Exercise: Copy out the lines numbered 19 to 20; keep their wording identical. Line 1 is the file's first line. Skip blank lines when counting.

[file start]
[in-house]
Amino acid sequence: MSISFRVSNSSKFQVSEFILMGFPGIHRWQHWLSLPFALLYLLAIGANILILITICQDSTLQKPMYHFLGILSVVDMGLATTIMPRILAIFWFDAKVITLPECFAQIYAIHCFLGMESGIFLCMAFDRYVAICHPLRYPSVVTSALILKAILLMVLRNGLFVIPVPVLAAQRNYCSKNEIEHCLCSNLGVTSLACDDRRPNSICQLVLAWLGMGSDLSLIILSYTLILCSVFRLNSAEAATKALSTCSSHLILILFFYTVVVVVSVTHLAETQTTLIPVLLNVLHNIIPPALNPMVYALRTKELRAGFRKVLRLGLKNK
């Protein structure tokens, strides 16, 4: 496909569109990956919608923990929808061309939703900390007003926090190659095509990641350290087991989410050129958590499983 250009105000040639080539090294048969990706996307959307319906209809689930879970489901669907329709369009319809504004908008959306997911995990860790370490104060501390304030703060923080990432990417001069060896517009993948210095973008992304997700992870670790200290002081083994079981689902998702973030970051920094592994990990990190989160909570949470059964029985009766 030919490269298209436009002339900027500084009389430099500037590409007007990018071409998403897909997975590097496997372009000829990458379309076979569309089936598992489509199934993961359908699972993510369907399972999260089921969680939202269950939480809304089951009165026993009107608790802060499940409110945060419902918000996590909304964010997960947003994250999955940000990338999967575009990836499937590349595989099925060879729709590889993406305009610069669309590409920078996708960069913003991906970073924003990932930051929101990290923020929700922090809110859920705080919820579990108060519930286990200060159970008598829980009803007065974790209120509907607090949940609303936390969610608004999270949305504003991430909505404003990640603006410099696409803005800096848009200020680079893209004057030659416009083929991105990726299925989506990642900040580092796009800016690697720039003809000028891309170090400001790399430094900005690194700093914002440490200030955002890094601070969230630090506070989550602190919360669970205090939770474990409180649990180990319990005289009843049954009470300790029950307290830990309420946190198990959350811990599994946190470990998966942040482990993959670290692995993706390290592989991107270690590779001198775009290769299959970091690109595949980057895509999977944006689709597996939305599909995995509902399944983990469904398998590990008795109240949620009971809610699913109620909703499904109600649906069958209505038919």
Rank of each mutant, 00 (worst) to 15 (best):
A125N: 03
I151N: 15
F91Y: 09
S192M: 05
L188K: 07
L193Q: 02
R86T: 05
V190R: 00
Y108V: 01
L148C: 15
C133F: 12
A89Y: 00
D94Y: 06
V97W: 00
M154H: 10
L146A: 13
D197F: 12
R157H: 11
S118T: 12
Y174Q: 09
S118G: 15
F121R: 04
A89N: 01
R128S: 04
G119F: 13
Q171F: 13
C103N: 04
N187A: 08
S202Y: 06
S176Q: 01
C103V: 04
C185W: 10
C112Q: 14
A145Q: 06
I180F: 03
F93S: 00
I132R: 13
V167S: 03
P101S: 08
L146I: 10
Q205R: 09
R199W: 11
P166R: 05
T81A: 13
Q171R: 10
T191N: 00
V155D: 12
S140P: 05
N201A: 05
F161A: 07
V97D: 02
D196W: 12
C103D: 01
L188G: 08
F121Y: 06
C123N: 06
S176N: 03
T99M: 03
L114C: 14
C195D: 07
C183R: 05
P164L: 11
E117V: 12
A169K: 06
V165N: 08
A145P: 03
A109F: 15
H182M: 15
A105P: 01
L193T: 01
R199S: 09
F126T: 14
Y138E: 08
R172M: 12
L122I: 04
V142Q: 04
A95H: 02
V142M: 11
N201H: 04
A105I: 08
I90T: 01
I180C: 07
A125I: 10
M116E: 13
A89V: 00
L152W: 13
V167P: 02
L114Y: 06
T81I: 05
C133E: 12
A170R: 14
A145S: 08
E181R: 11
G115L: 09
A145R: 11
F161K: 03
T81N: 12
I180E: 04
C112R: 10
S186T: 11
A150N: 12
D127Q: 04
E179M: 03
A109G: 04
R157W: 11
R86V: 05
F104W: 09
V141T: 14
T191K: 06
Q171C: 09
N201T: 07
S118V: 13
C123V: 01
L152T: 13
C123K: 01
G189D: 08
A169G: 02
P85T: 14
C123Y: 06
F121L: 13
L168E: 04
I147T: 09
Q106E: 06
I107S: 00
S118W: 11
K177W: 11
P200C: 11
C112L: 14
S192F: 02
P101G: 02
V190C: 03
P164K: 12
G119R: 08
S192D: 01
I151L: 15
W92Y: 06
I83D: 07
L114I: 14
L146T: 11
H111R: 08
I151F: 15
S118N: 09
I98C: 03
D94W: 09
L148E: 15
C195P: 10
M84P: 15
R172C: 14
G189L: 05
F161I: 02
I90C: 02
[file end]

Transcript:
M154H: 10
L146A: 13